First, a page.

Forever, he was beginning to realize. And if his family had given up on him, if they one day, as they must, came to believe he couldn’t have survived, they would walk away . . . and there was absolutely nothing he could do about it.
Panic grabbed at his heart, and for the first time he lost control and screamed for his family, struggled against the tons of rock that held him prisoner. Dizziness came on suddenly, but in his panic, he was unaware of the warning. His cries finally used up the small trickle of good air, and he fell unconscious.
After a long while he woke, slowly, painfully. He stretched for water against the familiar ache in his arm and shoulder, his strained throat desperate for relief. The water now tasted of the bitter tang of old smoke and unanswered prayers.
Exhausted, his aching head fell back, and the cool rock gradually soothed the pain. He understood now that he wouldn’t be saved . . . and he also realized that he had no way to end this torment, no way to die. If he tried to use up all of the air, he would simply pass out again and wake up when the air freshened. He could scrape his head or his right arm along the rock, but would never be able to do enough damage to bleed to death. Could he deprive himself of water long enough? Could he force himself in thirst-driven insanity to refuse to drink?
No. No one was that strong.
There was no hope. No future. Just this strange, lightless limbo for the rest of his life – the days, weeks, or even months it would take to starve.
He shivered in the darkness.
He hardly knew when he slept now, except that his dreams, when they came, were comforting. He would hear his father’s deep voice, feel Hoss’s big arms around his shoulders, see his little brother’s bright eyes dancing with glee.
No end but madness in this black, agonizingly slow death.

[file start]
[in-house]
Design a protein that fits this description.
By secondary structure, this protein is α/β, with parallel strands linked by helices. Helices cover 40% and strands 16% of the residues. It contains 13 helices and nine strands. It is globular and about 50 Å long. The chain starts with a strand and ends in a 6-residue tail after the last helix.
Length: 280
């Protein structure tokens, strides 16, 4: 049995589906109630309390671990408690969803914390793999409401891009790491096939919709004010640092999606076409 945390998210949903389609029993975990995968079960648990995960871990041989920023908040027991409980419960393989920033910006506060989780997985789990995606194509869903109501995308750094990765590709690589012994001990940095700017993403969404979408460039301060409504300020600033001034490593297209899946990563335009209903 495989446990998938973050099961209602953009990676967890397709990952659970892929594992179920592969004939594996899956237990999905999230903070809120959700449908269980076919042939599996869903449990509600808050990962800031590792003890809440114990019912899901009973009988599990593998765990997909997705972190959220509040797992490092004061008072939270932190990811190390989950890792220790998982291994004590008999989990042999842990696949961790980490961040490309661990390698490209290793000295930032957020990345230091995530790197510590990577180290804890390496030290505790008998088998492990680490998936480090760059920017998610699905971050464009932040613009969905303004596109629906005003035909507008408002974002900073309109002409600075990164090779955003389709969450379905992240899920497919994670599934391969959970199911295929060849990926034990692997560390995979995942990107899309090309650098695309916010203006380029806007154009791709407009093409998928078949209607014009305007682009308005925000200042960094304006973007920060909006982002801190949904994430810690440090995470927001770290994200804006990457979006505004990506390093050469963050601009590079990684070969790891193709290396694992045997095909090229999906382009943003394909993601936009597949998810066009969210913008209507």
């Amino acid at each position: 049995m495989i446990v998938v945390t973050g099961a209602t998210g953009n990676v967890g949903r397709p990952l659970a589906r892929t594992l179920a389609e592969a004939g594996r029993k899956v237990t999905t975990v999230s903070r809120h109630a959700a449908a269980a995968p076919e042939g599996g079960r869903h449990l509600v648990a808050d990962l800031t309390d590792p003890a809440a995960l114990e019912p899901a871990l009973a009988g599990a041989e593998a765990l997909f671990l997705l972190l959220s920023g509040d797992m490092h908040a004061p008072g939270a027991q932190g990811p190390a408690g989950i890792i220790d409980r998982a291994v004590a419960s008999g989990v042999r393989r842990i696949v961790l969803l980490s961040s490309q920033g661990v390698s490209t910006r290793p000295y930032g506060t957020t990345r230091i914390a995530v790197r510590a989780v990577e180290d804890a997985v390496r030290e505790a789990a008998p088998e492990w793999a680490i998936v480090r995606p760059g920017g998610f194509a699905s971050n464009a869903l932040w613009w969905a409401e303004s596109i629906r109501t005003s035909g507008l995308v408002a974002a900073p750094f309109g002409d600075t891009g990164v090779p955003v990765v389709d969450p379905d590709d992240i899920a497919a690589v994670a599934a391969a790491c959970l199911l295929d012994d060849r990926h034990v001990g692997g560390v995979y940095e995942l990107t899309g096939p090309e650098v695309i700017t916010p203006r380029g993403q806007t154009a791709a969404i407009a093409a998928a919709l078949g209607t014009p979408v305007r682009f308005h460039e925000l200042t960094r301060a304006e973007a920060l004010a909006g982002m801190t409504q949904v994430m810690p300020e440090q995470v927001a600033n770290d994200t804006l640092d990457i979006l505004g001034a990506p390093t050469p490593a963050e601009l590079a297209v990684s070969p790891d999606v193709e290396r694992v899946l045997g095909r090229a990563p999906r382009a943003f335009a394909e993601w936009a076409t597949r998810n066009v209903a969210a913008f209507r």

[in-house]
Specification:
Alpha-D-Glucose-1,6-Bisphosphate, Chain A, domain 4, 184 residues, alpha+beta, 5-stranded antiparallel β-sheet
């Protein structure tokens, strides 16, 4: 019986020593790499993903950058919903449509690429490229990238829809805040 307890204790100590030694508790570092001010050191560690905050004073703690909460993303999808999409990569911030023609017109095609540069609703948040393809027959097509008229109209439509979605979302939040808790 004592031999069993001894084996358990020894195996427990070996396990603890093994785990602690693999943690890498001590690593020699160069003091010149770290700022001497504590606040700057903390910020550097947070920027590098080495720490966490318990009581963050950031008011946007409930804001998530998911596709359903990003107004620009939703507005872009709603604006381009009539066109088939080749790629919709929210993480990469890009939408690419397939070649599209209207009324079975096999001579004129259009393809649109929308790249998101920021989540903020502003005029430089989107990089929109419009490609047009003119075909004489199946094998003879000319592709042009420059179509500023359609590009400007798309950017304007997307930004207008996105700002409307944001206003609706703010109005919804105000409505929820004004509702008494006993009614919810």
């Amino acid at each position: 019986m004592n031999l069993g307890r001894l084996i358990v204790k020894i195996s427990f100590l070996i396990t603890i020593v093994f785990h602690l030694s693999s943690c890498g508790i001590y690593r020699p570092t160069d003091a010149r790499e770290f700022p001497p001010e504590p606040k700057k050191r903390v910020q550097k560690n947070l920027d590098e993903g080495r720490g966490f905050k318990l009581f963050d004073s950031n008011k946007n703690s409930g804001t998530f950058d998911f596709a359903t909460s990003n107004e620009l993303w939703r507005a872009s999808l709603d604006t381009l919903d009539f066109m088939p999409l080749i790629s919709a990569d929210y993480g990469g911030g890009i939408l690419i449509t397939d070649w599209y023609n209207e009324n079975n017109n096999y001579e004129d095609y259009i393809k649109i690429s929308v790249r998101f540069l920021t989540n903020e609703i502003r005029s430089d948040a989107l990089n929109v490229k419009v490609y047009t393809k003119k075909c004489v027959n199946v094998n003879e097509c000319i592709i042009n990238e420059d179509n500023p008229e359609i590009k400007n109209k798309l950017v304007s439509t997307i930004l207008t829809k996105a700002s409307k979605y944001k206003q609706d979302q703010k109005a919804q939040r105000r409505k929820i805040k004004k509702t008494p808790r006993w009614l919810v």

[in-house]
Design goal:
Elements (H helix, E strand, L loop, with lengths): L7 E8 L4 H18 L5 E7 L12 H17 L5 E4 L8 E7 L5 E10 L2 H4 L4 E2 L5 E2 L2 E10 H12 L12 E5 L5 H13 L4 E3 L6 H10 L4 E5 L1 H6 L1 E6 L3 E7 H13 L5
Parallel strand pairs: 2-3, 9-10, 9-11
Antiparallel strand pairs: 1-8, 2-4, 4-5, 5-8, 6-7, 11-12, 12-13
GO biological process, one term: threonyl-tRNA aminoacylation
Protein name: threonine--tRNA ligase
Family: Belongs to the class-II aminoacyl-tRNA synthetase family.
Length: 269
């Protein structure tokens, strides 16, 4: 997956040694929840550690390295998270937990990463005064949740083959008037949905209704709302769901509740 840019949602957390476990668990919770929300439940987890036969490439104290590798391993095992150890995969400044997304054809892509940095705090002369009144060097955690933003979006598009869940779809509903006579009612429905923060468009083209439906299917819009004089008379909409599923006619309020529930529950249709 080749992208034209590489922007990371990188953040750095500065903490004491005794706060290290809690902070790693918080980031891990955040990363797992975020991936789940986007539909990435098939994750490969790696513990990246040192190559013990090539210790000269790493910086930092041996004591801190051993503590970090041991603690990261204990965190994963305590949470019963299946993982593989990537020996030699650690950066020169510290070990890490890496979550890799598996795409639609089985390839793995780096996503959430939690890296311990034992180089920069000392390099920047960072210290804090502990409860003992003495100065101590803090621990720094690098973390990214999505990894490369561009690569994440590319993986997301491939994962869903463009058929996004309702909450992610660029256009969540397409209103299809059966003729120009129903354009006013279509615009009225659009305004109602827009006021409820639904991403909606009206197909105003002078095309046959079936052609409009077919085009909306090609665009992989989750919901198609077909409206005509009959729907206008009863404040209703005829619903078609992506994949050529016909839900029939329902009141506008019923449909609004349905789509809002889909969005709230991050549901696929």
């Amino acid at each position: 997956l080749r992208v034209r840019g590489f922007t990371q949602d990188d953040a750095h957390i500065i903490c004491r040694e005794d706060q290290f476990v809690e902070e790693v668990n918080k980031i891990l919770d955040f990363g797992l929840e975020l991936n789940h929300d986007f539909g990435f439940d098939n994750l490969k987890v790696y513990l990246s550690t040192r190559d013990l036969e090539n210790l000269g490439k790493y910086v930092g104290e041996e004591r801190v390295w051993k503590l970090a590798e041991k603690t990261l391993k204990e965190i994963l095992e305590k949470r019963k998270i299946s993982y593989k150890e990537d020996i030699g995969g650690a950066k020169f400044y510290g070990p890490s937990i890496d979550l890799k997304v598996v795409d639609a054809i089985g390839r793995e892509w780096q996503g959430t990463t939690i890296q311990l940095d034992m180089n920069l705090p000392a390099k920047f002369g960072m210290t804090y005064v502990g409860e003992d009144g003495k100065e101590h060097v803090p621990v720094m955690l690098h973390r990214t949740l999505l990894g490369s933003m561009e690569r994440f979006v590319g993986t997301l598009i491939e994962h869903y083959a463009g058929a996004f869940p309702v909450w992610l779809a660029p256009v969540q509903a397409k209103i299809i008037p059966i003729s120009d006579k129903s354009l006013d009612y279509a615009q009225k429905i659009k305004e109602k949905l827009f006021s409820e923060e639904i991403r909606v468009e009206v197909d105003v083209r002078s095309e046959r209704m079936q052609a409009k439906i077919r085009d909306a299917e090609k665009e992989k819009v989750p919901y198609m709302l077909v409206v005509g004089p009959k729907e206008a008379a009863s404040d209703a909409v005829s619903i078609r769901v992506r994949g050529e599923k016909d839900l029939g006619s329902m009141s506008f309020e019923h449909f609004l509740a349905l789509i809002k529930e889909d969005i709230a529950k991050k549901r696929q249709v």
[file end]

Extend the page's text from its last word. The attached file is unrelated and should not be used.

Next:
~ * ~ * ~ * ~
“Four days, Ben. He couldn’t still be alive.” It was a friendly voice, caring, from someone who wanted to save him from further grief. Ben looked up from the campfire, but his flame-blinded eyes couldn’t make out who it was. It didn’t matter. They didn’t understand.
Something rose up then inside Ben Cartwright, something primeval: a beast, a force of nature, a driving will to make things turn out the way he wanted. He would find a way to rescue Adam, and Adam would not be dead. He couldn’t be.
Ben stood, threw the cold coffee in his cup into the fire where it hissed angrily. “I’m not giving up. I’ll never give up until I hold his lifeless body in my arms.”
His friend sighed and murmured, “All right then, we’ll keep at it,” but Ben ignored him.
He strode back to the mine, grabbed a canteen from the pile by the entrance, and followed the lanterns to where his youngest was digging with a pick at another rock wall.
“Joseph!” he called.
His son kept swinging, an irregular rhythm that echoed off the walls.
“Joseph!” he demanded again.
He finally turned, and his eyes burned in lantern’s light like the depths of hell. They were too old – like Adam’s at that age.
He staggered, and Ben grabbed his arm to steady him. He didn’t bother to tell his son to sit down and rest – none of them would find rest until they knew. “Why are you digging here?” he asked.
“Why?” Joe’s voice was hoarse, strained. He drew a forearm over his sweaty brow. “How can you ask that, Pa? How can you think—”